I’m often asked what I do for weight loss with hypnosis and NLP. Weight problems have various causes so you probably won’t do well using the same techniques with each person. Some overeat emotionally, some make bad choices as to what to eat, some need to exercise, some picked up bad eating habits from childhood, some have body image problems…
You’ve got to work with what the particular client brings you!
That being said, here are a few guidelines…
1) You are probably not qualified to give diet or medical advice!
I’ve known a number of hypnotists who recommend a particular brand of supplements or a particular diet or exercise program. Unless you have credentials in that particular area, I dont think that’s a good idea. When people come to you as a professional, you have a different legal standing than if your buddy asks you what he should eat. In my opinion, you’re on shaky legal ground if you recommend anything out of your area of professional expertise. Even if you have expertise in that area, there are potential legal consequences of advice–especially if you benefit financially from them taking your advice! Keep in mind, I’m not a lawyer myself and nothing in this post should be considered legal advice.
2) It’s good to figure out what is driving a weight problem.
I like to have the client keep a food diary where they keep track of what they eat, when they eat it and how they feel as they make the decision to eat. A week’s worth will do. With the food diary you can more easily uncover patterns. Do they snack late at night? Is there a particular feeling that tends to drive unnecessary eating?
If there is, you can deal with that feeling using any of several therapy techniques (time lines, straight regression, affect bridge, parts therapy, anchor collapse, re-imprinting etc.).
3) Emotional vs physiological eating
Some folks simply have never learned to tell the difference between an emotional urge to eat and a physiological reason. It can be a good idea to have a client check in with themselves when they feel the need to eat. Is it a physiological hunger or an emotional one? The NLP “naturally slender eating strategy” is a great strategy for building that skill and building good choices in when they do need to eat.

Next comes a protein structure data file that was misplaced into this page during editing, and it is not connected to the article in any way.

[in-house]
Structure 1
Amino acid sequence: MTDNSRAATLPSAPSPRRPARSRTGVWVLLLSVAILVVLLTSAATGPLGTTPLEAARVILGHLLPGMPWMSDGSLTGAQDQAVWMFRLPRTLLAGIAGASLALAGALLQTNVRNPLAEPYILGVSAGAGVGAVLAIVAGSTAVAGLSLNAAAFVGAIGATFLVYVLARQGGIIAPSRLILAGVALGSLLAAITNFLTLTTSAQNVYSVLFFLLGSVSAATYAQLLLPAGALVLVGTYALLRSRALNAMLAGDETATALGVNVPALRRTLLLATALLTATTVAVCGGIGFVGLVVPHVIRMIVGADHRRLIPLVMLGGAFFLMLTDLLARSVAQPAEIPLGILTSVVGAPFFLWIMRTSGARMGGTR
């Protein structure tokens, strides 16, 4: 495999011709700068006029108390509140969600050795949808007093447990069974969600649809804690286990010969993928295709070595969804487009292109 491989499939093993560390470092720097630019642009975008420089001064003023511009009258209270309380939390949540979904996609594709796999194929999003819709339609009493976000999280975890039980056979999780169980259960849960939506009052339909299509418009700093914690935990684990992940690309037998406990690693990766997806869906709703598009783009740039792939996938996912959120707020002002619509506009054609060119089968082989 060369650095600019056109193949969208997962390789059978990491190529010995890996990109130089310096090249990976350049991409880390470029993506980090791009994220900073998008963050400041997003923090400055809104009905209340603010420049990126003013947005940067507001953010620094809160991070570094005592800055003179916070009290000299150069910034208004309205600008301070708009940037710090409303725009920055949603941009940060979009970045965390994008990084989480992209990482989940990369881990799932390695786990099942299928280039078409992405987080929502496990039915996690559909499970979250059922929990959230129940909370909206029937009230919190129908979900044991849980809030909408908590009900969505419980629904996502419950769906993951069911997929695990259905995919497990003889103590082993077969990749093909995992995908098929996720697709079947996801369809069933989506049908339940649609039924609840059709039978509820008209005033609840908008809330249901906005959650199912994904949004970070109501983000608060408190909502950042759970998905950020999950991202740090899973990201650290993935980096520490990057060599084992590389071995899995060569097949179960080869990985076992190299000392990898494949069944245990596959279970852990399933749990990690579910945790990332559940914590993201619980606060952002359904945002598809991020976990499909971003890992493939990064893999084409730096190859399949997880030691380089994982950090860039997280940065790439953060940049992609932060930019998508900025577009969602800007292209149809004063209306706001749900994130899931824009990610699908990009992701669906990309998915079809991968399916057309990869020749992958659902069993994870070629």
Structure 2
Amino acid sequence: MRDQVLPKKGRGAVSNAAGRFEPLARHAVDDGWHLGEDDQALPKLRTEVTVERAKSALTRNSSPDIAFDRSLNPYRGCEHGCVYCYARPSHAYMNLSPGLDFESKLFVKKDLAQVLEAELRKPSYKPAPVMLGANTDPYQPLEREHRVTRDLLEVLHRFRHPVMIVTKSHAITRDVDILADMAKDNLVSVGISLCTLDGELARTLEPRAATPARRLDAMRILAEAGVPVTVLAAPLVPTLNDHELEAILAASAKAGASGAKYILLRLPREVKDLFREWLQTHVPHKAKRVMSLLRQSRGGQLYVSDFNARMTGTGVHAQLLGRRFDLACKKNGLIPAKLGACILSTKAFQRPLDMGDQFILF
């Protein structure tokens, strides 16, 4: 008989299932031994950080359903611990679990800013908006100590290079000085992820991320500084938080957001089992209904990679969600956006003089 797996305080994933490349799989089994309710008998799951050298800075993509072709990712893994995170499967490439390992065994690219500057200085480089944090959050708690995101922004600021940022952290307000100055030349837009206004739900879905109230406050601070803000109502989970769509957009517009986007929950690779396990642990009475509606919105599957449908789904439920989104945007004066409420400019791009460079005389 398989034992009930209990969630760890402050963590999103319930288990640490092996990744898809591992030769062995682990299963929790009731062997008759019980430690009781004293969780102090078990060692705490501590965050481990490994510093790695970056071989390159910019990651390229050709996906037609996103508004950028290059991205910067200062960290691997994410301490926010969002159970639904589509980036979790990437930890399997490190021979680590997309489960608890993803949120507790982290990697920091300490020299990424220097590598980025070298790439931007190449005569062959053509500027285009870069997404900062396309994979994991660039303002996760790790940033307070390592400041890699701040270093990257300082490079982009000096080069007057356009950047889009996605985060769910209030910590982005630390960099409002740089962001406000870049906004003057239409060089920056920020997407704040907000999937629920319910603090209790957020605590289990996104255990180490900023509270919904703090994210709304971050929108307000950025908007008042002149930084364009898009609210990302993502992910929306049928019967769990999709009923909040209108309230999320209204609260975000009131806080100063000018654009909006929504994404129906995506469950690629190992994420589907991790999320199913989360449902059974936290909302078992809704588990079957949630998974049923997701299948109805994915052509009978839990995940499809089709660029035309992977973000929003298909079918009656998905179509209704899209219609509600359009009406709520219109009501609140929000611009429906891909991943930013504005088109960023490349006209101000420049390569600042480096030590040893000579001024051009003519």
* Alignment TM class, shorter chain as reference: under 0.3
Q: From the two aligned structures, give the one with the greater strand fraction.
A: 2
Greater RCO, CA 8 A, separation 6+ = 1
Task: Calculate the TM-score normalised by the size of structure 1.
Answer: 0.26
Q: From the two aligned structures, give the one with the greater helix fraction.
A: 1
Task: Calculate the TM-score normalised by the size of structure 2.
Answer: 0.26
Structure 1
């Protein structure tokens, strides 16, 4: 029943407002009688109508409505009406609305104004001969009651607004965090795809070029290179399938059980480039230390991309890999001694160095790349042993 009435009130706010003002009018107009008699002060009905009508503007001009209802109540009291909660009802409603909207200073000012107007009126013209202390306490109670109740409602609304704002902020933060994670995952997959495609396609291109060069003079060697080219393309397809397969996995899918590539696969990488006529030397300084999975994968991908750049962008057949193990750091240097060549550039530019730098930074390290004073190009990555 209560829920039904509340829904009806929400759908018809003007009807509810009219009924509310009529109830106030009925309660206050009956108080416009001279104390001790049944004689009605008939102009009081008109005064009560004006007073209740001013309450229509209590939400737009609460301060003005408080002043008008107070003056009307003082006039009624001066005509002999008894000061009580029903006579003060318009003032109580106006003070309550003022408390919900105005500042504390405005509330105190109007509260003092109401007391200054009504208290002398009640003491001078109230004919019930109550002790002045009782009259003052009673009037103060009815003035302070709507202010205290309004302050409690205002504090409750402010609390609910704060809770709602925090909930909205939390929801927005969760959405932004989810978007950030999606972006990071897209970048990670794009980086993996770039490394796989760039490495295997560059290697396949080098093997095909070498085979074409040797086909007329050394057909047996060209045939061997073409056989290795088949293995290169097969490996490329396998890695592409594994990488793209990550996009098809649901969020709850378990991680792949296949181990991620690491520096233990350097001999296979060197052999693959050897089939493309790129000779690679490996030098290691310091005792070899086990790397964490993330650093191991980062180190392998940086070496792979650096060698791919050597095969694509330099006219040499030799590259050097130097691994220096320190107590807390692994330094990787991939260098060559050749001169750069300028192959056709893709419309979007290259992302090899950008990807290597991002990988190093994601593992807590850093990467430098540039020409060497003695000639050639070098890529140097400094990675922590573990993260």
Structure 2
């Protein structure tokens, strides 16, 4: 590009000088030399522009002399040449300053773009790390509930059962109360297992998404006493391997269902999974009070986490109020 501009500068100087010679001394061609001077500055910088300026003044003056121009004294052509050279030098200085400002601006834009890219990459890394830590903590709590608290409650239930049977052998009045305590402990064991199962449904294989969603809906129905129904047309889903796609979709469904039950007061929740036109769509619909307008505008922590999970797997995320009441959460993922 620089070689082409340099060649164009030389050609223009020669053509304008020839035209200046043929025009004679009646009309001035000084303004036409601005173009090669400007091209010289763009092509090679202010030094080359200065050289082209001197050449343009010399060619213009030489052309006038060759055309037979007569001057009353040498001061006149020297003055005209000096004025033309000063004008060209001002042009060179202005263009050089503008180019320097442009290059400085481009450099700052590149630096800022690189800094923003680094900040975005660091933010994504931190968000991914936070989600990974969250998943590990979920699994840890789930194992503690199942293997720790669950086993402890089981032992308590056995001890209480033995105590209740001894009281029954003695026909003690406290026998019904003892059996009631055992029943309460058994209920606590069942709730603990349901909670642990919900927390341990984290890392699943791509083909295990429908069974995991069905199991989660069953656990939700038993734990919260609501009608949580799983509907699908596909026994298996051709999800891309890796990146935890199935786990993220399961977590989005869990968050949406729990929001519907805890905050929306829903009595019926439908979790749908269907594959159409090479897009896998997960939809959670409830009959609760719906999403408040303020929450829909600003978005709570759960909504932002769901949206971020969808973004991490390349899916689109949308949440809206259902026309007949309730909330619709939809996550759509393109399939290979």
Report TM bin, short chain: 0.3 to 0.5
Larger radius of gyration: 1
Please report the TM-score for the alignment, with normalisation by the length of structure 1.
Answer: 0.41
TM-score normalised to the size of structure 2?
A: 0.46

4) General suggestions
There’s a theory going around that one reason people eat more than they need to is because historically, it’s best to pack on a little extra in case lean times are coming. If you lived on the plains 10,000 years ago and had the opportunity to eat a bunch, it might be better for your survival to have some extra fat on you. After all, who knew when your next meal might be coming?
Nowadays many of us don’t have to deal with the potential unavailabilty of food. Right now for instance, I’m within easy walking distance of two restaurants. The problem comes when there’s an old, instinctual drive to eat more but we have food easily accessible. That’s a recipe for being overweight.
One approach is to explain that as long as food is plentiful, it’s better for your survival to eat just what your body needs. You can explain in trance and out. Suggest that they be satisfied with the amount of food that will meet their physical needs until their next meal.
Weight Loss & Hypnosis Studies
Hypnosis Helps You Lose More Weight
In a study of 60 women separated into hypnosis versus non-hypnosis groups, the groups using hypnosis lost an average of 17 pounds, while the non-hypnosis group lost an average of .5 pounds (Cochrane, Gordon; Friesen, J. (1986). Hypnotherapy in weight loss treatment. Journal of Consulting and Clinical Psychology, 54, 489-492).
Adding hypnosis to other weight loss methods increased weight loss by an average of 97% during treatment, and increased the effectiveness post treatment by over 146%. Hypnosis continues to enhance weight loss results and the effect may grow stronger over time. (Kirsch, Irving (1996). Hypnotic enhancement of cognitive-behavioral weight loss treatments–Another meta-reanalysis. Journal of Consulting and Clinical Psychology, 64 (3), 517-519).
In a 9-week study of two weight management groups (one using hypnosis and one not using hypnosis), the hypnosis group continued to get results in the two-year follow-up, while the non-hypnosis group showed no further results (Journal of Clinical Psychology, 1985).
PS: If you’d like to learn how I approach helping people lose their “excess baggage,” using NLP and hypnosis, check this out.